I seldom get a response to my Blogs but a couple of day ago I received a lengthy letter, 5 full length typed pages taking me to task for my antireligious diatribes to which I can only plead guilty. The writer says he does not know whether I am atheist, agnostic, humanist or any other ‘non-believer’ and he doesn’t really care but I seem to delight in taking every opportunity to ridicule the notion of a superior, omniscient omnipotent being as the first cause and creator of everything that exists and the catholic church in particular. Sometimes he believes it could be a case of ‘the lady protesteth too much.’ I would have thought it pretty obvious that I am an athiest and, I hope, a humanist. For me there are only two reasons to believe in a god (1) Pain and the possible alleviation thereof and (2) the mystery and consequent fear of death. Against these two I could put twenty arguments or more. Do you believe that Mohammad flew up to paradise on a snow-white horse? If not, why not? Is the story of the resurrection not on a par when the graves opened to reveal the dead and nobody made much comment on so unusual and frightening a phenomenon?
I am glad I received your letter because this is going to be my last Blog. You have no idea how long it has taken me to get this far with decrepit fingers and every second word yet another mistake.
There are reputedly 1400 Christian denominations not one of which as far as I know has been able tell where I come from, why should I trust any one of them to tell me where I am going? So I close on another Glyn Jones quote, this time from ‘The Muses Darling’ Christopher Marlowe (He would be called Christopher wouldn’t he?)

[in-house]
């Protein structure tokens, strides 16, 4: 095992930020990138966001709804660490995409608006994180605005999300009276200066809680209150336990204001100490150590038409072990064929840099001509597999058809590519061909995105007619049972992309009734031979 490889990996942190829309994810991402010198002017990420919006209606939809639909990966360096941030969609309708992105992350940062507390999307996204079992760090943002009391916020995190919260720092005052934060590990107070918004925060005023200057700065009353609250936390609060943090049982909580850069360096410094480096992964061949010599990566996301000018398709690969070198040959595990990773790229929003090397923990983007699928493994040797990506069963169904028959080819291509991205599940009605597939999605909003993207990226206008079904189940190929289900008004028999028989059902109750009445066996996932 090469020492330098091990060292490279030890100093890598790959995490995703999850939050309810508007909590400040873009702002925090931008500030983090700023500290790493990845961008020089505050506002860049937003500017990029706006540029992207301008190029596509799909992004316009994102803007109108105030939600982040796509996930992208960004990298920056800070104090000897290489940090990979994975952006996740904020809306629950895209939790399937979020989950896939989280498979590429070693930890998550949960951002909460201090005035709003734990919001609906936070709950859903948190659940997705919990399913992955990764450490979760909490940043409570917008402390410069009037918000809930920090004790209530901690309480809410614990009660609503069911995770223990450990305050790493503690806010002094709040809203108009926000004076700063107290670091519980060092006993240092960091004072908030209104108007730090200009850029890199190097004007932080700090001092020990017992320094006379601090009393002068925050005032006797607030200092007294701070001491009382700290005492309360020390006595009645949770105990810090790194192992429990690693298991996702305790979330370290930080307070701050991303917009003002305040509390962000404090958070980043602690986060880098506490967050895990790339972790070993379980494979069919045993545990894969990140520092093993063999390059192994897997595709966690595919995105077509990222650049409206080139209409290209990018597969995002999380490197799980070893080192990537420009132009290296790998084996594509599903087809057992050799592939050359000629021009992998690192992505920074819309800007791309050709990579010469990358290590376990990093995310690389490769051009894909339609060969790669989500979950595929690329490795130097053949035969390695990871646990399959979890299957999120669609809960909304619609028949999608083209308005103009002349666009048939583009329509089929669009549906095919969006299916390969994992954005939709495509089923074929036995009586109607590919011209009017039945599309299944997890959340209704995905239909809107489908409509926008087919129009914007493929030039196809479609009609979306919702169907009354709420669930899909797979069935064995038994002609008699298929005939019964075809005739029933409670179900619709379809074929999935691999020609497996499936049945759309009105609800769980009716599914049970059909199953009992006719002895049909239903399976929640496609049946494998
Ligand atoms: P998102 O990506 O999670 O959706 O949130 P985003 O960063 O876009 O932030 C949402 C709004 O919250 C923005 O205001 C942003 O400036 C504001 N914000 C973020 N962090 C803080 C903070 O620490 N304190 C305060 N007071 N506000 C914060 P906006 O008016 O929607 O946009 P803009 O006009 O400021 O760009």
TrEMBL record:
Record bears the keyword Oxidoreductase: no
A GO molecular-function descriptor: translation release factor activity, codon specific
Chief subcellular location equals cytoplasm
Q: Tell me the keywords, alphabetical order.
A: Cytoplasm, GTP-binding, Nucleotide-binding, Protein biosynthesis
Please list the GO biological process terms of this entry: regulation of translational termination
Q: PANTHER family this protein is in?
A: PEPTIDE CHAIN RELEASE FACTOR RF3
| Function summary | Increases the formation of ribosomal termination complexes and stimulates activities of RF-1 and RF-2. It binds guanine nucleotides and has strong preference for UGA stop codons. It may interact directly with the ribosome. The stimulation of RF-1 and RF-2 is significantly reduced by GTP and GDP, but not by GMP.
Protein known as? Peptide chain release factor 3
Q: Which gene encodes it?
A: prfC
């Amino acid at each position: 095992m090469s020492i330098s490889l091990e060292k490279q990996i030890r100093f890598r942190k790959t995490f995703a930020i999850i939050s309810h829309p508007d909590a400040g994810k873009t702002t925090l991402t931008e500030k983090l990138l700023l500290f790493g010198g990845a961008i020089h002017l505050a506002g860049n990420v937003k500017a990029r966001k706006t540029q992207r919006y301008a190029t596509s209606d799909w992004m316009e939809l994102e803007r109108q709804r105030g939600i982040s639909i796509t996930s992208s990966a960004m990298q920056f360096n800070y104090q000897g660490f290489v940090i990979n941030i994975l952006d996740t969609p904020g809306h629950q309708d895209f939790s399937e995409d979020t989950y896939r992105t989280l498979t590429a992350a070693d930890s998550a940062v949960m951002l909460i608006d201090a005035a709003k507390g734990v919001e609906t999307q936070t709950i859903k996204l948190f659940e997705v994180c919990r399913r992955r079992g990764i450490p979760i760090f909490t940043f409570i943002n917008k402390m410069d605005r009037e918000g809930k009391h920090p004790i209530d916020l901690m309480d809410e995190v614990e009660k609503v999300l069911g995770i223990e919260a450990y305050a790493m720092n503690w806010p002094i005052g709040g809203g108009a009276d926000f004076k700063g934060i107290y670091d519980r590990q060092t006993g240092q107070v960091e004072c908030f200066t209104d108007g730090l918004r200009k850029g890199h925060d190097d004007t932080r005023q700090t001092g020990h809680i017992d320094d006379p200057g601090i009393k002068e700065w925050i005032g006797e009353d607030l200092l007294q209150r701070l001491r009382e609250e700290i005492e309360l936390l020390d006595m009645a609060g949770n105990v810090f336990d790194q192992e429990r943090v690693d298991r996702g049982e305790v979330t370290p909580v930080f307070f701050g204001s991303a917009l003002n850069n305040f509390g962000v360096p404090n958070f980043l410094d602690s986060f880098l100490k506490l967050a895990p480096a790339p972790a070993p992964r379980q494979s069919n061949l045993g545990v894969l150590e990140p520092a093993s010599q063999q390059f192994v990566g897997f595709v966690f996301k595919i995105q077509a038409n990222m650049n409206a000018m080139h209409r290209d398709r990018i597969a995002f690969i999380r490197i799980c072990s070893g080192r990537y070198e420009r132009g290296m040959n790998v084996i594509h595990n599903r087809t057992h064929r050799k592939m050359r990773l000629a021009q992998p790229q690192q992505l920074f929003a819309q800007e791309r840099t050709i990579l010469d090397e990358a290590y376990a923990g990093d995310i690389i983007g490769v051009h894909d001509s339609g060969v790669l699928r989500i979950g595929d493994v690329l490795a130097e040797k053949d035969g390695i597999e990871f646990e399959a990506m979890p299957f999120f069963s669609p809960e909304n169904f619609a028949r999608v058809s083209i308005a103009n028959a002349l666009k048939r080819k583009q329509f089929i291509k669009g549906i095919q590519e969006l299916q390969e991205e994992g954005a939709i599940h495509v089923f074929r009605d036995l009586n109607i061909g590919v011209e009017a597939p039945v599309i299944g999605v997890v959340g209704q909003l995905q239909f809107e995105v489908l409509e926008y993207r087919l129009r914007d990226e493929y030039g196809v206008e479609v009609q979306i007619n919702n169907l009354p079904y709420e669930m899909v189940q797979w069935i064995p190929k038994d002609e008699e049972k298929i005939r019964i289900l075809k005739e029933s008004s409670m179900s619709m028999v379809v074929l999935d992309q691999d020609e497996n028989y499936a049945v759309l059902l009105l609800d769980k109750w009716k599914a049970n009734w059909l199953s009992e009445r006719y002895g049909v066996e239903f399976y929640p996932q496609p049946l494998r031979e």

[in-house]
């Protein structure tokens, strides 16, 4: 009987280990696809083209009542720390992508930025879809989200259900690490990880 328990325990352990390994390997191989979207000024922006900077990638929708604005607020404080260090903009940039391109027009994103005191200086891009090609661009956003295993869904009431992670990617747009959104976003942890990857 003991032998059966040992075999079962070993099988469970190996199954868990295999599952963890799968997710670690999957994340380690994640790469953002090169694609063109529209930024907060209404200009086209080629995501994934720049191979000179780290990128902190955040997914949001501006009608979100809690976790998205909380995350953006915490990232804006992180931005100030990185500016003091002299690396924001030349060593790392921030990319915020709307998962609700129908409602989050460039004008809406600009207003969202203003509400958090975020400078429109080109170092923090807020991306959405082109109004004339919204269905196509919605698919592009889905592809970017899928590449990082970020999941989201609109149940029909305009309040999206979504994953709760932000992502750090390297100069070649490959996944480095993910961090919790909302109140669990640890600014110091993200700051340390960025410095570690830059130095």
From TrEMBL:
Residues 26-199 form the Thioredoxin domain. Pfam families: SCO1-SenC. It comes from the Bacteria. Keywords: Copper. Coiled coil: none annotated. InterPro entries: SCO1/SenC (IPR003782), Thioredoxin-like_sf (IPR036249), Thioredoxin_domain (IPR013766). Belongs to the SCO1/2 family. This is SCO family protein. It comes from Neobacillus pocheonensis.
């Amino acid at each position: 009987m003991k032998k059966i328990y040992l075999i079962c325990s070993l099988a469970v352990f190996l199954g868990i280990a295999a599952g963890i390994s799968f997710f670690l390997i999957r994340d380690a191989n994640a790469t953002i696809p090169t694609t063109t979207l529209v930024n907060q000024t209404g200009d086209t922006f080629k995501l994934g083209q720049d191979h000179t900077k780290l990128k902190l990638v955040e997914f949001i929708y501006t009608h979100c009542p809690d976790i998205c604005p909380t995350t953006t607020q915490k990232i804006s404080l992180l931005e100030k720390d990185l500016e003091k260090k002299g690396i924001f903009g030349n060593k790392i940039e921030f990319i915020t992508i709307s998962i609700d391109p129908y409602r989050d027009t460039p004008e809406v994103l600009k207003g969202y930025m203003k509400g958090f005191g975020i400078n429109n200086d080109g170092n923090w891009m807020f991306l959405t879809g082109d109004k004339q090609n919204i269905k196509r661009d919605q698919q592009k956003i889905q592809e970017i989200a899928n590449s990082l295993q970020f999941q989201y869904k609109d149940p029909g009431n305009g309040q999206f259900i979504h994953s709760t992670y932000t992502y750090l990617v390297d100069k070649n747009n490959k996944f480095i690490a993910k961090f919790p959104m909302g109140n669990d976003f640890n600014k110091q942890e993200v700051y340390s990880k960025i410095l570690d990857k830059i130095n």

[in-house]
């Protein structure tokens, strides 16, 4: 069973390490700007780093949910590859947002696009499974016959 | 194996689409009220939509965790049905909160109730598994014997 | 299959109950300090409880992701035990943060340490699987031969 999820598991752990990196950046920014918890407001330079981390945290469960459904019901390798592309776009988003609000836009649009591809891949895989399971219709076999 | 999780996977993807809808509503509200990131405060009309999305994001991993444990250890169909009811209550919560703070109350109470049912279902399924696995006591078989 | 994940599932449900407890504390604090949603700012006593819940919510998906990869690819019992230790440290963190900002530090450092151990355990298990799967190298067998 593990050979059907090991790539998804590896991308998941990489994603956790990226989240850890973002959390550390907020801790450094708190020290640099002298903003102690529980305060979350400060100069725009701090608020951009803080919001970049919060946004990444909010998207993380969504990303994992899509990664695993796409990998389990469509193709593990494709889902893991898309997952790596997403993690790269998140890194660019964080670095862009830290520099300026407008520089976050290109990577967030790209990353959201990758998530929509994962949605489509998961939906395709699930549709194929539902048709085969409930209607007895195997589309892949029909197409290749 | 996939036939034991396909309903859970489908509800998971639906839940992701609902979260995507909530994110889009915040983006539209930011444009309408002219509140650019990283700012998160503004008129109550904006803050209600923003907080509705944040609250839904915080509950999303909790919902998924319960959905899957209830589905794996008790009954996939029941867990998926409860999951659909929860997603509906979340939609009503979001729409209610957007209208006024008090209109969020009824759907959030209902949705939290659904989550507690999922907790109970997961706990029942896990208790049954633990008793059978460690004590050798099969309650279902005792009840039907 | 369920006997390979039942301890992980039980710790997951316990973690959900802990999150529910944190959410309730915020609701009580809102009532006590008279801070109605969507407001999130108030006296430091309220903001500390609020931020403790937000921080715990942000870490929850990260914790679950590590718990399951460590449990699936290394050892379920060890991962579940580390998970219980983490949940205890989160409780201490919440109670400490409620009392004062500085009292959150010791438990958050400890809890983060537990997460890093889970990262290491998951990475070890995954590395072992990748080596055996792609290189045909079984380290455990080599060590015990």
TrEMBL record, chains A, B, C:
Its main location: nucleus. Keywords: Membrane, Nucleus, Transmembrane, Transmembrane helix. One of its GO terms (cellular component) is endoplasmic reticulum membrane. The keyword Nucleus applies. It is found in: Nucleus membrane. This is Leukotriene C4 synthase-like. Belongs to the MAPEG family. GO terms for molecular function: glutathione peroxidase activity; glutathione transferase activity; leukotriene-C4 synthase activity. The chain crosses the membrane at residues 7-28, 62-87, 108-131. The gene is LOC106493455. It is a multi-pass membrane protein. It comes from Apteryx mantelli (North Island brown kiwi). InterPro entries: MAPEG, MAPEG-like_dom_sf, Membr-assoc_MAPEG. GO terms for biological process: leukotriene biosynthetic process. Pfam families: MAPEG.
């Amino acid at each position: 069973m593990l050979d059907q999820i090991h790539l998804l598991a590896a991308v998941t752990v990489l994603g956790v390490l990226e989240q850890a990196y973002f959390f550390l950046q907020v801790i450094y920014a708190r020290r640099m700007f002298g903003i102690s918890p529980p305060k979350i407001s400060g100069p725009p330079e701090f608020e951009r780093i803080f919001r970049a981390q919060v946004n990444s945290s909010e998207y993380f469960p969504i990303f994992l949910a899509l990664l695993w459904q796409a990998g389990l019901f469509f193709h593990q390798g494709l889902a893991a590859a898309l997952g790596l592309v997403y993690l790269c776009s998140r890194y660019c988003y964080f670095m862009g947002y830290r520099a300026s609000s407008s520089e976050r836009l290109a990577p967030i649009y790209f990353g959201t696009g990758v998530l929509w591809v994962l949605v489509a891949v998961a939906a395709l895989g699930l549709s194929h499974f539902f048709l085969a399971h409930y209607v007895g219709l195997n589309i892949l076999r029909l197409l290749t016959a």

NASHE: Take care, Kit. Take care. You break all the conventions.
MARLOWE: So I do, so I do. They are there to be broken or what can be new? I believe in the emancipation of reason, I do not believe in superstition, massacres, cruel torture and hideous deaths, men’s bodies broken and the wars we have lived with for so long, all in the name of religion. I believe in the liberation of the spirit so I break conventions. I count religion but a childish toy and hold there is no sin but ignorance. Religion hides many mischiefs
FLETCHER: Go to. Maybe you suffer
from the delusion that you are god.
Marlowe said the beginning of religion was but to keep men in order. That man’s soul ends, vanishes and perishes with his body. We remember nothing before we are born and we shall remember nothing after we are dead. That the sacrament would be better served in a tobacco pipe.